By Emerson Richards
University of Florida: Journal of Undergraduate Research, Volume 10, Issue 3 (2010)
Introduction: From the earliest incarnations of Arthurian legend, the figure of Mordred was a constant. His character has been carried from Wales, where he initially and ambiguously appeared in the Annales Cambriae, into the national literatures of Italy, Germany, and France. Thus, despite the frequent characterization of Arthurian legend as particularly English, Arthurian legend is more accurately pan-European. Once Arthurian legend had diffused throughout Europe, authors began to use the legend’s well-known set of figures, such as Lancelot, Guinevere, Mordred, and Arthur, in a propagandistic way. The English Malory’s Le Morte d’Arthur presents Mordred in a highly vilified way, whereas the Scottish Fordun’s Chronica Gentis Scottorum suggests that Arthur robbed Mordred and his half-brother Gawain of the throne. A comparison of the use of Mordred as a politically allegorical figure in Malory’s Le Morte d’Arthur and Fordun’s Chronica gentis scottorum demonstrates the later importance that the effect of literary diffusion had on the character. These texts, though composed contemporaneously and on the same island, present Mordred in vastly different capacities.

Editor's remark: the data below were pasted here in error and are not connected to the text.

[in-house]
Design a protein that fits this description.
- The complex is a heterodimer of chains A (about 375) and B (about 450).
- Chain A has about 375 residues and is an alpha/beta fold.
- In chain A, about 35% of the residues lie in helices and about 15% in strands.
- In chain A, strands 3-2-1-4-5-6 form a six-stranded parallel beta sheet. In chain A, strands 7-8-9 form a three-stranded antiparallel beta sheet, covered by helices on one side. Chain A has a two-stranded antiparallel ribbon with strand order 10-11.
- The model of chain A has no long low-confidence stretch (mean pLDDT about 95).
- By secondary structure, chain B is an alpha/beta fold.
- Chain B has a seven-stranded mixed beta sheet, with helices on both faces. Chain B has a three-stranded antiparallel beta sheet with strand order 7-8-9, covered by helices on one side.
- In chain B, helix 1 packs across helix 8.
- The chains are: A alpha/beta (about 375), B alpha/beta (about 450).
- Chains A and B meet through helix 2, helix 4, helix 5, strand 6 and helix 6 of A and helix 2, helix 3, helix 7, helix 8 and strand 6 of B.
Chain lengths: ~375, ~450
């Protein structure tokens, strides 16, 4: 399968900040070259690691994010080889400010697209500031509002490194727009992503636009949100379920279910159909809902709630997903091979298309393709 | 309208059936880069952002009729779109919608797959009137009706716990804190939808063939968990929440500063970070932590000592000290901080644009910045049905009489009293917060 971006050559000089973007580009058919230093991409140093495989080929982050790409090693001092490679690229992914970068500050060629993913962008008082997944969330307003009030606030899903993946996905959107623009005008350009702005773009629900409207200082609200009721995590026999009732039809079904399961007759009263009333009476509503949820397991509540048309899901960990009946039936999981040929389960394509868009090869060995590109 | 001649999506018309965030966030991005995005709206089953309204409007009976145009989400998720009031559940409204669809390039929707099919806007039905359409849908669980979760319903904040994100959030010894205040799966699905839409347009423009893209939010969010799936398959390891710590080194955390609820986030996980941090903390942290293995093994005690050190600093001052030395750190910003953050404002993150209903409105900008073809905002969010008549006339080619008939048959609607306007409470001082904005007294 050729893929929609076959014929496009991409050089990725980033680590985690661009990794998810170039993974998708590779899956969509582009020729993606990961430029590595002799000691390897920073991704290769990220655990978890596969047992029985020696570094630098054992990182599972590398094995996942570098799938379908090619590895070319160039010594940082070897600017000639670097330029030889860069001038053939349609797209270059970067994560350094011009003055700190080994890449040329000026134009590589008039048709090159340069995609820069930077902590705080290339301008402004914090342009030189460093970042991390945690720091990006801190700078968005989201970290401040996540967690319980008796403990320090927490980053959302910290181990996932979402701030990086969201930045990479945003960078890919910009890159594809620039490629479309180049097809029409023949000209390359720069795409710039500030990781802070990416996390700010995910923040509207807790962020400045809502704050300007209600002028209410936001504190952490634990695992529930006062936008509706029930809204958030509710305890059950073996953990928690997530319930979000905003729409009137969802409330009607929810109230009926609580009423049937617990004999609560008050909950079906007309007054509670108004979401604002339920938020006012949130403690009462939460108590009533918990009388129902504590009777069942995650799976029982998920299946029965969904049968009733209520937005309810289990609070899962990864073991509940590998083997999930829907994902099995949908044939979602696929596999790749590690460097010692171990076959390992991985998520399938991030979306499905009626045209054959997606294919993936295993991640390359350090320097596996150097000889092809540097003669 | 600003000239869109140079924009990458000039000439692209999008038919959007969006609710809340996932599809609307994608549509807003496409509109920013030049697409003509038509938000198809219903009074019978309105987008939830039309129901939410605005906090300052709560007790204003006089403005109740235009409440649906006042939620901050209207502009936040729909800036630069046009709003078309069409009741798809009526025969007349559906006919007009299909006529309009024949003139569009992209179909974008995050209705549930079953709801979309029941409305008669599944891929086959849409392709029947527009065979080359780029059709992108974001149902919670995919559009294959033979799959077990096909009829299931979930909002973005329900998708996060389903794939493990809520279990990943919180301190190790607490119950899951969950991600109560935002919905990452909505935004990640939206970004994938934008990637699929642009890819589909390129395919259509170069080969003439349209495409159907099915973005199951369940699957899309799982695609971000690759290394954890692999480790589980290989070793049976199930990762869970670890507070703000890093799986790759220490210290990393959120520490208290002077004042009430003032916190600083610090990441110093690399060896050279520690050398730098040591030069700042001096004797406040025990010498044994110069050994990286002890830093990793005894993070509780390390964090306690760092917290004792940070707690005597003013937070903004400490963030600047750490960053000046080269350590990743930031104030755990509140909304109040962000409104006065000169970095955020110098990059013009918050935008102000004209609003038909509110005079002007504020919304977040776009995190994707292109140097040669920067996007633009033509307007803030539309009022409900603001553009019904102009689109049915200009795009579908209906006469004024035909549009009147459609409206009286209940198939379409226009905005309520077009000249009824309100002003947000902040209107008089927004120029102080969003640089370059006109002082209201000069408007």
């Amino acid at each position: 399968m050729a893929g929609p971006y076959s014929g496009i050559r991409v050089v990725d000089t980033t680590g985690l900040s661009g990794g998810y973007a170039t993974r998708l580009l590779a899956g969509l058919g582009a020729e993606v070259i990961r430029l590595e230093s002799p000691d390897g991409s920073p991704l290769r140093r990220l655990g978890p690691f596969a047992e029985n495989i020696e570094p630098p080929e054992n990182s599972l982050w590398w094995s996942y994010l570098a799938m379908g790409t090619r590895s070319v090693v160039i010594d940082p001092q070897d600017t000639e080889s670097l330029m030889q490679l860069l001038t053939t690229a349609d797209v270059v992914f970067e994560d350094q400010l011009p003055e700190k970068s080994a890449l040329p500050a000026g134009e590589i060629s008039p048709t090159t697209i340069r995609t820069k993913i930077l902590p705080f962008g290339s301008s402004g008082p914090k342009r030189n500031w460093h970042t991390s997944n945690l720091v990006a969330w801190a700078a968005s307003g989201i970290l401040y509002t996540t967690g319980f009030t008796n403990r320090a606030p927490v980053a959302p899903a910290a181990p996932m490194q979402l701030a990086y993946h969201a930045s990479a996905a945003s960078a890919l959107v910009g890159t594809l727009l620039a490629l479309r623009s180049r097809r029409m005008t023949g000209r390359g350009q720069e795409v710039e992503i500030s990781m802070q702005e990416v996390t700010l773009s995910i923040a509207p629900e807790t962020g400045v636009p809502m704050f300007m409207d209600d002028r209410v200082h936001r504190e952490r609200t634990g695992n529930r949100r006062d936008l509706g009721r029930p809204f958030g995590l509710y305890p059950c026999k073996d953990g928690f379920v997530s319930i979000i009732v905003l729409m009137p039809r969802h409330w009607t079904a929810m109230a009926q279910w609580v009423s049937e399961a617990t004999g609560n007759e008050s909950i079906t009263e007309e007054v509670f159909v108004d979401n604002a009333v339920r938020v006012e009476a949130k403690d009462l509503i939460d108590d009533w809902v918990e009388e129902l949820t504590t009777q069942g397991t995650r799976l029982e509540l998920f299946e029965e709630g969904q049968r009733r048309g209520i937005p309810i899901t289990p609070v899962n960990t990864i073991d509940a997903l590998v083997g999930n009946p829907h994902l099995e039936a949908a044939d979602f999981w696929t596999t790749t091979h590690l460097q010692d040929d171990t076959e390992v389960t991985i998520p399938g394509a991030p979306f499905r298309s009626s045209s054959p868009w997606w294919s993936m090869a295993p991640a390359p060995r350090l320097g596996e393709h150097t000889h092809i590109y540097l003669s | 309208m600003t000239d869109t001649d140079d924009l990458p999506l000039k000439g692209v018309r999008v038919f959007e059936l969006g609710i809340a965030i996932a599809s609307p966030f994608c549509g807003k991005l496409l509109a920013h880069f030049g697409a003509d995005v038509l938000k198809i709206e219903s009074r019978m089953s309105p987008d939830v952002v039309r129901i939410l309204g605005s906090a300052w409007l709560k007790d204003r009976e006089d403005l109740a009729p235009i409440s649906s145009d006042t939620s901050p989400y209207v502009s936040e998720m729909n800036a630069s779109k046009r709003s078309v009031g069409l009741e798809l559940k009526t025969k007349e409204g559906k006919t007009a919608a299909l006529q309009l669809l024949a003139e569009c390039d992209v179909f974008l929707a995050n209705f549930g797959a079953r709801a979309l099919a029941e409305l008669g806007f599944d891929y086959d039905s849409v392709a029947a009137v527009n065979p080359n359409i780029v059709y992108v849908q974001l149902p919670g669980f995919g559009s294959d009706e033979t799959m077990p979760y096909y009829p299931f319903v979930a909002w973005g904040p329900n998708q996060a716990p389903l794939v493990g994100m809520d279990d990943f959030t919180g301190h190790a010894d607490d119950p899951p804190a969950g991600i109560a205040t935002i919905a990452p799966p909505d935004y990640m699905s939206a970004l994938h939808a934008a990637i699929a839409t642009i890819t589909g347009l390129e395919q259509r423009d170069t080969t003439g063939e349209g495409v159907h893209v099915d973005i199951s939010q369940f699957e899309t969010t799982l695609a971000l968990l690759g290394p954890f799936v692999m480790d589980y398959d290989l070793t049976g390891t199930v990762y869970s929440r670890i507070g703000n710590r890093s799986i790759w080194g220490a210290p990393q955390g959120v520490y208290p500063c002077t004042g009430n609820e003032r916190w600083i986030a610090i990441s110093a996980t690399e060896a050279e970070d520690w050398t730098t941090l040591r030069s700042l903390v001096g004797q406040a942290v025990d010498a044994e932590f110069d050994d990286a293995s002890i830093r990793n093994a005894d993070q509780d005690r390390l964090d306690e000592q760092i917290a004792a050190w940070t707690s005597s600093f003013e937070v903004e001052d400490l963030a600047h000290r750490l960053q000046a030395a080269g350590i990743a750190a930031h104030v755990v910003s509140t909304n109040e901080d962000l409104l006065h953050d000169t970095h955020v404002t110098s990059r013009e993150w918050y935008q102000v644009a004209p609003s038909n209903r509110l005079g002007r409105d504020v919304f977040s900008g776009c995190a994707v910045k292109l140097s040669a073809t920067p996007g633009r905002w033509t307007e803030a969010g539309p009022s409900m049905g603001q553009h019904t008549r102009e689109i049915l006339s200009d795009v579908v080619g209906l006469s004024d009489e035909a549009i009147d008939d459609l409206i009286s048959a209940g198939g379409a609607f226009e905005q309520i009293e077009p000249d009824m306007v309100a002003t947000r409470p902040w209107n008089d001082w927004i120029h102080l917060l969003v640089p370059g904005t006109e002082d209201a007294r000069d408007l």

This study, therefore, will consider the transformation of Mordred from the fifth century through the fifteenth century through a comparison of geographically and temporally distinct texts. The main focus will be on two texts, Le Morte d’Arthur and Chronica gentis scottorum; auxiliary texts in use include Gervase of Tilbury’s Otia imperialia and Geoffrey of Monmouth’s Historia regum britanniae, concluding with a brief consideration of a twentiethcentury use of Mordred and Arthurian legend as presented in T. H. White’s The Once and Future King.